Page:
Thursday, March 31, 2011

10 Pictures of Florence

We were lucky enough to be back in Florence for a day and a night recently (a rare night away from the dogs—thanks to Doris our German neighbor, house caretaker, and dog-sitter), and though I’ve blogged up about our love for Florence a few times already, with pics and such, I wanted to do another post, since this time we stopped at a few different spots. In the interest of any readers sanity, I’ll try to keep my typing to a minimum and let the pictures do most of the talking (especially since there are ten pics). We first checked into our hotel (more on this later), and then instantly walked across the Ponte Vecchio (we were staying Oltrarno style), past the Uffizi, through the Piazza della Signoria, and down the way a bit to a side turn to stop for a sandwich at the renowned I Due Fratellini. A true hole in the wall, I Due Fratellini has been around since 1875, with brothers making sandwiches and pouring wine out of a tiny space. You actually just eat standing next to it, resting your wine glass between sips on shelves to the side of the take out window. In this pic, you can see our two glasses to the right (and see the line that’s almost always in place at the window). Mine is the one almost emptied of its Lambrusco:
We both went for the #23, which is a slightly crisp on the outside, soft on the inside roll topped with cheese, arugula, olive oil, and a hint of truffles and pepper:
After finishing out street side wine and sandwiches (and wondering why, why can’t Seattle have a place like this? Besides the whole “drinking wine in the street” issue) we walked past the Duomo and around back to visit the Museo dell’Opera del Duomo (which I’d never been too). At around the 15th century, this building in the back of the Duomo started to be where the maintenance decisions about the Duomo were made, and for almost as long it’s also held this museum, where many (if not all) of the original art from the Duomo and the Baptistery have been keep. This means it’s packed with artistic hits, including Michealangelo’s famous Pieta, and a host of sculpture by Pisano, Cambio, and Donatello, all of which was in the Duomo (or on the walls outside) at one time. I tend to be a Donatello sculpture guy, loving his facial expression such as this:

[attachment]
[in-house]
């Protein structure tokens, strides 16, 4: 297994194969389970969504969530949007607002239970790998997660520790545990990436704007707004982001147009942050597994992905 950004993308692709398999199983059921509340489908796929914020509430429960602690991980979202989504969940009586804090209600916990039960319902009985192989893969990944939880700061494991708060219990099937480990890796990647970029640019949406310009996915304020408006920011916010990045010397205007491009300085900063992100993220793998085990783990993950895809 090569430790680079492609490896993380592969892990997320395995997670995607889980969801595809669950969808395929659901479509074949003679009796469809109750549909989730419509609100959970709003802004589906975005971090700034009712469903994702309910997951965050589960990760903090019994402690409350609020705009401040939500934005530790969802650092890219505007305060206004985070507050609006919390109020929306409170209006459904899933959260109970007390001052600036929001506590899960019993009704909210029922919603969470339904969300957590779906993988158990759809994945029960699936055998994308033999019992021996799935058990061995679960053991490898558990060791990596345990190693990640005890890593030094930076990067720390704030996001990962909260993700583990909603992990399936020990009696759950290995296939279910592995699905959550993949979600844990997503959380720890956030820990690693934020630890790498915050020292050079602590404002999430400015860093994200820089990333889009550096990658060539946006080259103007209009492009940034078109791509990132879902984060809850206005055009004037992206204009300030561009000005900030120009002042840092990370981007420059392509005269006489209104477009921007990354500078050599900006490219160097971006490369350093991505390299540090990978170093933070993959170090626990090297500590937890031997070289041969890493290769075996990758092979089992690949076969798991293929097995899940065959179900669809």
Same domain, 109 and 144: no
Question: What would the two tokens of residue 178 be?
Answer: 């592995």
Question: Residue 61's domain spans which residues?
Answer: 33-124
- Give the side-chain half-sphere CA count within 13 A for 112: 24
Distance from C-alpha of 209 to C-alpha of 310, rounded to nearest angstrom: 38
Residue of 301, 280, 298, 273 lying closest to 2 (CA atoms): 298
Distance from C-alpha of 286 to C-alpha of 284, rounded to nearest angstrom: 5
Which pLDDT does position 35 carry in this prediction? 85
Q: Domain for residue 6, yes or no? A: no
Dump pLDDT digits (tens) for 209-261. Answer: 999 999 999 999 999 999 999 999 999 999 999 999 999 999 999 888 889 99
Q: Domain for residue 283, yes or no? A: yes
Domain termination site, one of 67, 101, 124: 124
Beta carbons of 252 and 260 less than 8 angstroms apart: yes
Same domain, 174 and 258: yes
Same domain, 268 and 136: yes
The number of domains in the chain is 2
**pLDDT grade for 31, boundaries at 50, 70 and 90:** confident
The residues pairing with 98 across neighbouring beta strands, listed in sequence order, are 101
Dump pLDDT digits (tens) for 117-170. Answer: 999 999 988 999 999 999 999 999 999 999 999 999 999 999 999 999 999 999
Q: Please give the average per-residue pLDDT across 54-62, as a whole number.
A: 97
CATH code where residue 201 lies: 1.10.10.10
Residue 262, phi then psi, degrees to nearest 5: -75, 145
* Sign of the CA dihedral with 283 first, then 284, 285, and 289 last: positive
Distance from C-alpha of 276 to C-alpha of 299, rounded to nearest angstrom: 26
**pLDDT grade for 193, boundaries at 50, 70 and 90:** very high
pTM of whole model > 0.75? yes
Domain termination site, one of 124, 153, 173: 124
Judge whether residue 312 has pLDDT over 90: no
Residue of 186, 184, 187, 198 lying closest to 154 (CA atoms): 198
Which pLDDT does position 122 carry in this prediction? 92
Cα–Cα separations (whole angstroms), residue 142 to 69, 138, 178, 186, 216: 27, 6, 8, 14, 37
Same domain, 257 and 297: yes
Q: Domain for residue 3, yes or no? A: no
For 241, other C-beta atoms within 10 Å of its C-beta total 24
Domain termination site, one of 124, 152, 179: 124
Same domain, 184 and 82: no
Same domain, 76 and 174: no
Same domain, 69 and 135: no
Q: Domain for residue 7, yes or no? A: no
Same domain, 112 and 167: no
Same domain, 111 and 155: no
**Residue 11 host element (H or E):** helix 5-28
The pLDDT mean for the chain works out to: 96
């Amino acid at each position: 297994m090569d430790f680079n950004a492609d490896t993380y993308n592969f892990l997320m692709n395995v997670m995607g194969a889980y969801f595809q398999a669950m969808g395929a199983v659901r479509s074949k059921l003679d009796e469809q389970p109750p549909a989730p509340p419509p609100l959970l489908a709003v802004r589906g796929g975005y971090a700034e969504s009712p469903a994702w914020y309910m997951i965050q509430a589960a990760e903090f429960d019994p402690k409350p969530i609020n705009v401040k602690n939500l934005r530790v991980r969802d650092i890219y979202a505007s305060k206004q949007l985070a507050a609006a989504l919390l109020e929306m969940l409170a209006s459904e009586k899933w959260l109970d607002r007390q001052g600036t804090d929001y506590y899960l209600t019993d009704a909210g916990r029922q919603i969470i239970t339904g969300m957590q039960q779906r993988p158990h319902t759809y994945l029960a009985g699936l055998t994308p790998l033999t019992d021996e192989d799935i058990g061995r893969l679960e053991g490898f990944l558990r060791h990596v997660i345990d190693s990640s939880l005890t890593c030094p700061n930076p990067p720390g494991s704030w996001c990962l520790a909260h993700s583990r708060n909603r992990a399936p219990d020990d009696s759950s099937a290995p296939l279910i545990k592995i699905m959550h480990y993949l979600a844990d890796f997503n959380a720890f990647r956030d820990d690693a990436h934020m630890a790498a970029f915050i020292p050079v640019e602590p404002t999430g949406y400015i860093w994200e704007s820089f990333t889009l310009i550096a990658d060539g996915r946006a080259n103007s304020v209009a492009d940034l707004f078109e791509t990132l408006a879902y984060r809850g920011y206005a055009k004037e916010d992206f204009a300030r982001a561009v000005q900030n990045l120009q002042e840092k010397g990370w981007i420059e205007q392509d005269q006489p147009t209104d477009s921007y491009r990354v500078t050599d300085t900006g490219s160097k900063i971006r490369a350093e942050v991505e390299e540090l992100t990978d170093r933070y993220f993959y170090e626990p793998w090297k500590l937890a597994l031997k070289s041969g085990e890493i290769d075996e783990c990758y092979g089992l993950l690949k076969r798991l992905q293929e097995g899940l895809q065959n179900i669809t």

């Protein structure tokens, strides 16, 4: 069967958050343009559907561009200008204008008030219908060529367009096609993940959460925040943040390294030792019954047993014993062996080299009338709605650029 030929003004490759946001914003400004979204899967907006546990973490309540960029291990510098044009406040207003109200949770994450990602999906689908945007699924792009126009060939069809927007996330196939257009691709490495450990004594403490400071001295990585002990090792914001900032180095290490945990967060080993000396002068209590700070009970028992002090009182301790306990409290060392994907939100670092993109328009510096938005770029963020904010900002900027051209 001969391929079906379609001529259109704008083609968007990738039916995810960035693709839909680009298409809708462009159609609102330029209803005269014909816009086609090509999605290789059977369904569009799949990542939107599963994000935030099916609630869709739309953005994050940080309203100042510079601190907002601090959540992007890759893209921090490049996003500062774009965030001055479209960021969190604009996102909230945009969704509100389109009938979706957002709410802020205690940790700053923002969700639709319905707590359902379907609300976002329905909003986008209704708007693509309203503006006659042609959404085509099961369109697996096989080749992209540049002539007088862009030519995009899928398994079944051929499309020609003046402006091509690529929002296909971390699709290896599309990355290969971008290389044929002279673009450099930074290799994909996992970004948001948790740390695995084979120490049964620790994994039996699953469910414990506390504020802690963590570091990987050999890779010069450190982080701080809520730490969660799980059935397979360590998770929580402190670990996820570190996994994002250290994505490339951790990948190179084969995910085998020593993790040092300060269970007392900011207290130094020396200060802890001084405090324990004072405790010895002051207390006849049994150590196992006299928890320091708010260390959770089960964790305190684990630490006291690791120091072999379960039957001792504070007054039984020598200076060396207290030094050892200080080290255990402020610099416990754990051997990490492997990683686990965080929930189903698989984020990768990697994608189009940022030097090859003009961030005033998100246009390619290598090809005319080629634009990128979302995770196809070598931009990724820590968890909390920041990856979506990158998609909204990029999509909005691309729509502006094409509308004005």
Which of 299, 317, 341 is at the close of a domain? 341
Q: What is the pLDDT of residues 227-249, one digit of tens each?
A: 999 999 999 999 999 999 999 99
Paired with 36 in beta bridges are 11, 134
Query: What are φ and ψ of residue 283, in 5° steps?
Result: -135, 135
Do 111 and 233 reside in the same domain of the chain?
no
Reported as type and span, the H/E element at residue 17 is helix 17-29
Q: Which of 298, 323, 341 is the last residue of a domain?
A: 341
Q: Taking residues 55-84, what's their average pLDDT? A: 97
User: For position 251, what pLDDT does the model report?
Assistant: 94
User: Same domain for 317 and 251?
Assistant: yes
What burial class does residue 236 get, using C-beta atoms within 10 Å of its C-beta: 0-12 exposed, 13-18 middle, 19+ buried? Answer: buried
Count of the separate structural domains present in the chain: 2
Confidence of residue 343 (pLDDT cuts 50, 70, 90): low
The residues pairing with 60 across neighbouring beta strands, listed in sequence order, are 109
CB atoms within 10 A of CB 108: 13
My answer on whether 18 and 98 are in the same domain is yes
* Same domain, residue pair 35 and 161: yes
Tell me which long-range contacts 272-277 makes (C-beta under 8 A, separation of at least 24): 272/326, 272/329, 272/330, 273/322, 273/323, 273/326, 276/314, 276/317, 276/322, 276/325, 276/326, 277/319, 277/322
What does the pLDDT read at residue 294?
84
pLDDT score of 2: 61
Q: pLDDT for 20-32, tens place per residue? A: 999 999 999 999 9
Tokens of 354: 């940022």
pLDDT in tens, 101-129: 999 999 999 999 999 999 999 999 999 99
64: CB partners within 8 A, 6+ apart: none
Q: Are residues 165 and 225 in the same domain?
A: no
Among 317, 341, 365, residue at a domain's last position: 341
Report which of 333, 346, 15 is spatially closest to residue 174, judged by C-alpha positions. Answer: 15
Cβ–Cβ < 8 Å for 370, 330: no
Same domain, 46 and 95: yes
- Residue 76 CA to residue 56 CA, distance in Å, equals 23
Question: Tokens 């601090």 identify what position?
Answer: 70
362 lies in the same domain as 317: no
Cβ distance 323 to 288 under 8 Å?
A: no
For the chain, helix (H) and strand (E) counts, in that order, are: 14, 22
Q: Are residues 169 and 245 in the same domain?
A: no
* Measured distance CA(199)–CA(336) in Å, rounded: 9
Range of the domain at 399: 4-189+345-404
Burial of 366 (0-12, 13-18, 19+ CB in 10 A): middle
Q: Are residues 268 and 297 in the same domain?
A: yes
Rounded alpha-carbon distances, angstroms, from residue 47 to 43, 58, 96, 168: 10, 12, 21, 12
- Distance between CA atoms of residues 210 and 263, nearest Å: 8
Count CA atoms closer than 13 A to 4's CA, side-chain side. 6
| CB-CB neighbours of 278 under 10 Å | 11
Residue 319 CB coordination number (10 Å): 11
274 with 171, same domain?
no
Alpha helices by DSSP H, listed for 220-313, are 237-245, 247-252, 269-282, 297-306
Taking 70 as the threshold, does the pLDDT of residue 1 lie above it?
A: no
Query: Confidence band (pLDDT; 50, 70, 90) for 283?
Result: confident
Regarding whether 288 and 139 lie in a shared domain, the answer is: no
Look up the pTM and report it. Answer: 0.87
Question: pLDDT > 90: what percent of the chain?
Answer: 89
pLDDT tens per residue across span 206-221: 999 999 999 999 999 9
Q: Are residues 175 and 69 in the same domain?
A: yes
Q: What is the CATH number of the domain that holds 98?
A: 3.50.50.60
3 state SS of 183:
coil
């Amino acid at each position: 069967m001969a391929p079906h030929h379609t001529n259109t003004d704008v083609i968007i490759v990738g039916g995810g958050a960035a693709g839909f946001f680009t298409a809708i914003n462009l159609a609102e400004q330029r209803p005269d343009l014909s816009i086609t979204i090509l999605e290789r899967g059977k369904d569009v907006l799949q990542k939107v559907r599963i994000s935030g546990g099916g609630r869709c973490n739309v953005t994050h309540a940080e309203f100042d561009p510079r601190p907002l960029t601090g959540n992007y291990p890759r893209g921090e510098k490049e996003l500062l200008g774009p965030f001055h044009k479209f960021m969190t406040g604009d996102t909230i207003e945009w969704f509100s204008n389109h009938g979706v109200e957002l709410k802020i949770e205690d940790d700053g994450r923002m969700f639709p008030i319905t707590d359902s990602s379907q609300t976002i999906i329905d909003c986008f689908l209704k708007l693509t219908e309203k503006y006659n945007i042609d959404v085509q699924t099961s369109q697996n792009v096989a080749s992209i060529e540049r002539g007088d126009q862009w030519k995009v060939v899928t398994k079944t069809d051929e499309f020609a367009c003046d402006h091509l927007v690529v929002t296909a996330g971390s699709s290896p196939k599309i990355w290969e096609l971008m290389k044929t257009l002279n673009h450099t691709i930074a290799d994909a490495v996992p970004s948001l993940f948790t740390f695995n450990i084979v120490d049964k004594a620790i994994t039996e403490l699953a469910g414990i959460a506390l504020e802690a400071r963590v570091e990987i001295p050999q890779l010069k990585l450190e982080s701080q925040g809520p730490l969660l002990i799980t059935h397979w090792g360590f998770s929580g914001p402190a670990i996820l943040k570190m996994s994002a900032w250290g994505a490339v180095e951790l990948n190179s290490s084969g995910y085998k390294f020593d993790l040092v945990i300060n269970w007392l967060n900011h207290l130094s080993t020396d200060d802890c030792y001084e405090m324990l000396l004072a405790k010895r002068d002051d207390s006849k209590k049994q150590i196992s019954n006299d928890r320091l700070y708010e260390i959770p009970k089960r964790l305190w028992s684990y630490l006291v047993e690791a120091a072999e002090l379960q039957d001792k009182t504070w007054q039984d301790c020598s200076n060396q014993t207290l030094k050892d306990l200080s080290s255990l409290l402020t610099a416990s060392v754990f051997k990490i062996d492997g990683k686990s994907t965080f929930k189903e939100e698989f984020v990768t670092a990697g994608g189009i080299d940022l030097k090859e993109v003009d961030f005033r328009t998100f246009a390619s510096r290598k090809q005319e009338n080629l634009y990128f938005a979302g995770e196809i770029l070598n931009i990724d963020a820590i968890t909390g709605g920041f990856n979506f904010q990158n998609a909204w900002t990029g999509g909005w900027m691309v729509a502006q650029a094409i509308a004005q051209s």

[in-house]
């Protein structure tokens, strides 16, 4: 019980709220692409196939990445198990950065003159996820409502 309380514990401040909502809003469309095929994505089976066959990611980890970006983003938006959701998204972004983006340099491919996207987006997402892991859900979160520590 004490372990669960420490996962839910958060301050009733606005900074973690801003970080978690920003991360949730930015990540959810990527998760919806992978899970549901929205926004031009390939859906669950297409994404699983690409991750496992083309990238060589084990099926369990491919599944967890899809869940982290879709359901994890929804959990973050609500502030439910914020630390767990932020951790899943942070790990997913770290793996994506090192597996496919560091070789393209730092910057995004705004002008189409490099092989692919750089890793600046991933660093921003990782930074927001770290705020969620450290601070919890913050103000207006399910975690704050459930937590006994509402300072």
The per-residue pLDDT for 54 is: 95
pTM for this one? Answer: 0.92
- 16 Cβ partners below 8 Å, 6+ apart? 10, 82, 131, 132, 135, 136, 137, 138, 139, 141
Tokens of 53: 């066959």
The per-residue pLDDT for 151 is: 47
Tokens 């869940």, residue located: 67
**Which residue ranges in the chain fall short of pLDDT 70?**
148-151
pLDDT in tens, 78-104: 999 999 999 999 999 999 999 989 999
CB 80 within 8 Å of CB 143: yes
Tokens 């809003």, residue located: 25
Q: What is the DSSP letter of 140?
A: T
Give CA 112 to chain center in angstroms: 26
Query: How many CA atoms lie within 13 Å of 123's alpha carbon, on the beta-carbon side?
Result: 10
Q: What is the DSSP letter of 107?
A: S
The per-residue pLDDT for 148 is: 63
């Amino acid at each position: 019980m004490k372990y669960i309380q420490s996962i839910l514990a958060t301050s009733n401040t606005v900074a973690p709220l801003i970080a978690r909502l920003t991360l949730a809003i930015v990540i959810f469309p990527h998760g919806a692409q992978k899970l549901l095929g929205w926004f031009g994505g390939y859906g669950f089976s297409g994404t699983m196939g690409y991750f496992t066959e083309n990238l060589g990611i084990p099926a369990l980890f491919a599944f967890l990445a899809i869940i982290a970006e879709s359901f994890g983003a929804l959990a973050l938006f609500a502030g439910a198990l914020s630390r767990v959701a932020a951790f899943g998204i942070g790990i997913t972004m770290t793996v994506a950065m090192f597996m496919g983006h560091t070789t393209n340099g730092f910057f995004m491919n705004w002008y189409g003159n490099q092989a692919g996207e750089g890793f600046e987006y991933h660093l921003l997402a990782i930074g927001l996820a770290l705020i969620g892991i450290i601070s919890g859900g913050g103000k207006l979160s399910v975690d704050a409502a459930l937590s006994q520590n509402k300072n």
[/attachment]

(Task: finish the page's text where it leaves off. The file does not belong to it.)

The dell’Opera also has painting from the Duomo, the original doors to heaven from the Baptistry, loads of relics, and lots of architectural drawing and models from the Duomo’s restoration and façade creation. However, my other favorite room was full of bas-reliefs, showing a variety of humans in honor of the arts, work, and other scenes, including this jolly vintner who seems to have enjoyed the fruits of his labors quite a bit:
From the dell’Opera del Duomo, we wandered over to Santa Croce, which we hadn’t yet seen on any trips to Florence since moving over for our-pretirement. Which is a shame, because of the three bigger Florence churches (the Duomo, Santa Croce, and Santa Maria Novella—with no disrespect to the many other Florence churches large and small), Santa Croce is in some ways my favorite. The Duomo is more massively mind-blowing, and Santa Maria Novella is better for buying drugs (no, no, it’s lovely, but being so close to the train station is the sketchiest) , but Santa Croce has a more approachable feel, as well as more work inside still in place (and Brunelleschi’s Renaissance-perfect Capella dei Pazzi). The piazza around it is large and open, perfect for festivals, and the church itself looks amazing on a sunny day: